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PF, EPF, Disability, Lawyers...first hand knowledge

Posted by John P on 9/12/98 at 17:57 (001800)

I am 32 years old and disabled.

I was diagnosed with Plantar fasciitis and about two years ago underwent endoscopic plantar fasciotomy (EPF).

After the procedures, my pain worsened exponentially.

I am intimately familiar with the emotional devestation of a physical disability and the 'baggage' that comes with the disability.

Prior to EPF's I worked in medical industry. I was 30 and financially very well off. I had a great job, and had worked in my profession for 9 years. I had just bought a beautiful new home.

That was almost two years ago. The pain in my feet was crippling. I searched the internet for information about PF and EPF. There was little to be found and I felt all alone.

I was unable to work. Unable to perform most daily duties around house. I had to liquidate everything I owned and was planning on moving in with my mother or finding an assisted living apartment.

Why am I writing? A few months back I came accross a group of lawyers, FOOTLAW. I communicated with them. They were highly professional and kind.

They are representing me in a medical mal-practice suit as well as with disability benefits from my insurance carrier.

Regardless of the out-come of any lawsuit or insurance company, they have been instrumental in my finally (after two years) finding relief which is PRICELESS.

I wish I had known of them sooner, and am hoping that my sharing this might benefit someone else. I am not affiliated in any way with them, other than as a client.

The lady that wrote of her success in social security without a lawyer is fortunate. Each case is different, and your physician plays a vital role in determination of benefits.

Depending on your situation you might not have the resources or physical capacity to 'fight' a large insurance company.

There are many studies of complications to surgeries in the feet. I had a hard time finding any on EPF, but I have and they can be quite serious.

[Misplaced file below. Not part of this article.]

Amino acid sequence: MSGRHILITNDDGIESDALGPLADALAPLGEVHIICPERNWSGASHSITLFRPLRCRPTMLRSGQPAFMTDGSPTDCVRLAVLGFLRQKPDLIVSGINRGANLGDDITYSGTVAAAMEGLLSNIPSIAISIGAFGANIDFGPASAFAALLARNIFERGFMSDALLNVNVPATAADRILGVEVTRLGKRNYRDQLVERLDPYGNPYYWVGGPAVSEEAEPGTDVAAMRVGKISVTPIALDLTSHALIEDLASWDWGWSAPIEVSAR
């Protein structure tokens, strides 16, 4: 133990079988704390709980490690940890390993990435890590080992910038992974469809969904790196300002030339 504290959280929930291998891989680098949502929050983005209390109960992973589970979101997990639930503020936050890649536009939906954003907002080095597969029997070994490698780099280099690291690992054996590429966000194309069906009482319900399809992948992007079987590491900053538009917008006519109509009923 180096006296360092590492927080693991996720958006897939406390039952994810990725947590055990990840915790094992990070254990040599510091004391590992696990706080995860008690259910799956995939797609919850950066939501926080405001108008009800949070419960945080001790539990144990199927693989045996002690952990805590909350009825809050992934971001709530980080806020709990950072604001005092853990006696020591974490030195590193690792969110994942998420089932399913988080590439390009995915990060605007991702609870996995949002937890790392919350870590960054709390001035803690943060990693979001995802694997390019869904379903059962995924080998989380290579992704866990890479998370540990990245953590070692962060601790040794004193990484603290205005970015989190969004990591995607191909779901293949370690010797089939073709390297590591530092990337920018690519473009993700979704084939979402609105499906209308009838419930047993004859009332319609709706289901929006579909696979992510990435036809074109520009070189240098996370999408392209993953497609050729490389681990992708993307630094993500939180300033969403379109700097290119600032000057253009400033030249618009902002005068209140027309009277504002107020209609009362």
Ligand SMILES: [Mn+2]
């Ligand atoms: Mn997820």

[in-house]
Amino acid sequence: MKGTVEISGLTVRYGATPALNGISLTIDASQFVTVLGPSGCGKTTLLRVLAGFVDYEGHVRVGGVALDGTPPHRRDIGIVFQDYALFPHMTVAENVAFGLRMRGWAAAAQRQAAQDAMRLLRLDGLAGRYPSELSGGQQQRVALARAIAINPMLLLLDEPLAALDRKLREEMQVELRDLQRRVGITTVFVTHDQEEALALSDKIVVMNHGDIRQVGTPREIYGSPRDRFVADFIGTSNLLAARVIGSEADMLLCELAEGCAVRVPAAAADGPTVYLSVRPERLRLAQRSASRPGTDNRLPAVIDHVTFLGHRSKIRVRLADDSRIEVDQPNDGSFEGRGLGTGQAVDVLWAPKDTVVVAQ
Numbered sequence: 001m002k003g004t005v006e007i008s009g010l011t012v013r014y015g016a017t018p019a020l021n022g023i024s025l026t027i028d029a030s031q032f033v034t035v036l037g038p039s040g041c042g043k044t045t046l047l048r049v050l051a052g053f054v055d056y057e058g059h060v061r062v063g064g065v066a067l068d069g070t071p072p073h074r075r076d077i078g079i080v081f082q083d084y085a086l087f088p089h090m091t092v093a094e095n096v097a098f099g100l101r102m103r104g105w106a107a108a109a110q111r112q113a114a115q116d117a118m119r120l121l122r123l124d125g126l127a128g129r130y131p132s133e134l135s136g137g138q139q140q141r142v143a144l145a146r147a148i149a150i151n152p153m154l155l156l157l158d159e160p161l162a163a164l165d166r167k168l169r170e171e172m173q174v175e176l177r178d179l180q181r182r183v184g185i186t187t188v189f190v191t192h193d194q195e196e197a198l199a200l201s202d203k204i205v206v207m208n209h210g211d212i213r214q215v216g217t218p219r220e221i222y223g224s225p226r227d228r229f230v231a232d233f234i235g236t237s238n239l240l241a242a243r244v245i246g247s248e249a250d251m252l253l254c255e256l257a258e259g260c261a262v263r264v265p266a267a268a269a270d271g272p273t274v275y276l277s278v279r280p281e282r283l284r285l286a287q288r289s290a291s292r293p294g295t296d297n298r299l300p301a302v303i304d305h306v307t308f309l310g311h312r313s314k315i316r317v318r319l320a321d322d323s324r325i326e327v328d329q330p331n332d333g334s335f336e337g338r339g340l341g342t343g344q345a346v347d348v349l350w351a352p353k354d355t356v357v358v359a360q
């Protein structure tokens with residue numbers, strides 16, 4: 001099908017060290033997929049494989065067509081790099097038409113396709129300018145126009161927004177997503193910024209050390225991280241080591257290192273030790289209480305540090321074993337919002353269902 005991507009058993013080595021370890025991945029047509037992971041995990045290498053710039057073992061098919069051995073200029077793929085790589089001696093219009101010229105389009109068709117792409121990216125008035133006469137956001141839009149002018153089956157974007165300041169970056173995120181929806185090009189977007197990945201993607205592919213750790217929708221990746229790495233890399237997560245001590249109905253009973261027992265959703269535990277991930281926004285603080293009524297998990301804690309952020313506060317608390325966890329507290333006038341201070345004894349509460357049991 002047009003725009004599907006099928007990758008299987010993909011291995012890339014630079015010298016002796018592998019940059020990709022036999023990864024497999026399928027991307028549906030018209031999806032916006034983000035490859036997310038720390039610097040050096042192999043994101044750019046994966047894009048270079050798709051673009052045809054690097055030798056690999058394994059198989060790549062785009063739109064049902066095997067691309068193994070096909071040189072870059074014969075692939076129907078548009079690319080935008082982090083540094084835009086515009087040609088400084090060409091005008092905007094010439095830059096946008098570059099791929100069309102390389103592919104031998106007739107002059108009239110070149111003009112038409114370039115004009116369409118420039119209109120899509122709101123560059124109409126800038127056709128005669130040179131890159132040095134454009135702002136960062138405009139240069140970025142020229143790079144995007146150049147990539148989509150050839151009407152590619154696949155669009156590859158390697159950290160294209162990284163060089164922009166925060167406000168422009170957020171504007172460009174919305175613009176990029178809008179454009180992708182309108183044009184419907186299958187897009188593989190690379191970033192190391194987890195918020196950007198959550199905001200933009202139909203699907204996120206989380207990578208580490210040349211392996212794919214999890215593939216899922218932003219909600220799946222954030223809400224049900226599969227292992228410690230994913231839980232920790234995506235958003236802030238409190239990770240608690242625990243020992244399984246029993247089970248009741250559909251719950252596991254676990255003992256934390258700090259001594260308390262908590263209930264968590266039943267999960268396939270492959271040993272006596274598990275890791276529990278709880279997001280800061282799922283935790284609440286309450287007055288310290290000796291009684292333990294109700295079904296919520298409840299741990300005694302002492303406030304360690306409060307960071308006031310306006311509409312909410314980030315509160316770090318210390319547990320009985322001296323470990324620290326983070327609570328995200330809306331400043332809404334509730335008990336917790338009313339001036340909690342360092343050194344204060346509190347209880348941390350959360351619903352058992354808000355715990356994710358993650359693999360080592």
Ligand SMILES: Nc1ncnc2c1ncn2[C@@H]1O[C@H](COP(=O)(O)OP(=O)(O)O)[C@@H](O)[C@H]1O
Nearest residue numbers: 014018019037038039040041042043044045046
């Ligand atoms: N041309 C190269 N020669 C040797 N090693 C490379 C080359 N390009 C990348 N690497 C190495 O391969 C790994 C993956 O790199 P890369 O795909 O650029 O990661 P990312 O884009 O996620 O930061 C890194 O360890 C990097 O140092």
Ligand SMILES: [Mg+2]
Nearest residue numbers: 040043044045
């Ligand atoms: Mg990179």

There were multiple instances where the Footlaw group brought things to my attention that I had not thought to look in to. I personally found having a 'third party' reviewing my records and looking out for my best interests to be advantageous.

Request copies of your personal medical records. Review them. Are they an accurate representation of your medical history? Did or does your doctor's notes indicate his/her complete understanding of your situation? You might be surprised. You might be disgusted.


You doctor should not have any problem releasing a copy of your records to you. This pain is effecting your life. It is to your benefit to learn how to be involved in finding the best treatment available.


Is your condition a consequence of a surgery that should not have been performed? Should you have been referred to another physician? If you have had pain for this long and the doctor is not able to help shouldn't he/she be involved with helping you find a doctor best suited to address your condition?
How would you feel if your doctor considered you a 'hypochondriac?'

Over two years I have searched in desperation for answers. There was something very wrong with my feet. I watched my world crumble around me. And I was no better.

Guess what...there are many other causes of pain in the feet, other than plantar fasciitis
! My original podiatrist continuously assured me that the foot was 'quite simple'. He was confident in my diagnosis.

Over time I learned about many approaches that should have been considered before surgery. I trusted my doctor--he was 'high-tech'.
I asked for EMG, MRI. Not necessary, he said. He was confident.

Anyway--I've left my email address so if anyone has a specific question feel free to write. This is my two-cents worth.

The Footlaw group has been of tremendous personal benefit.

I hope you all the best in your pursuit of relief and answers.

John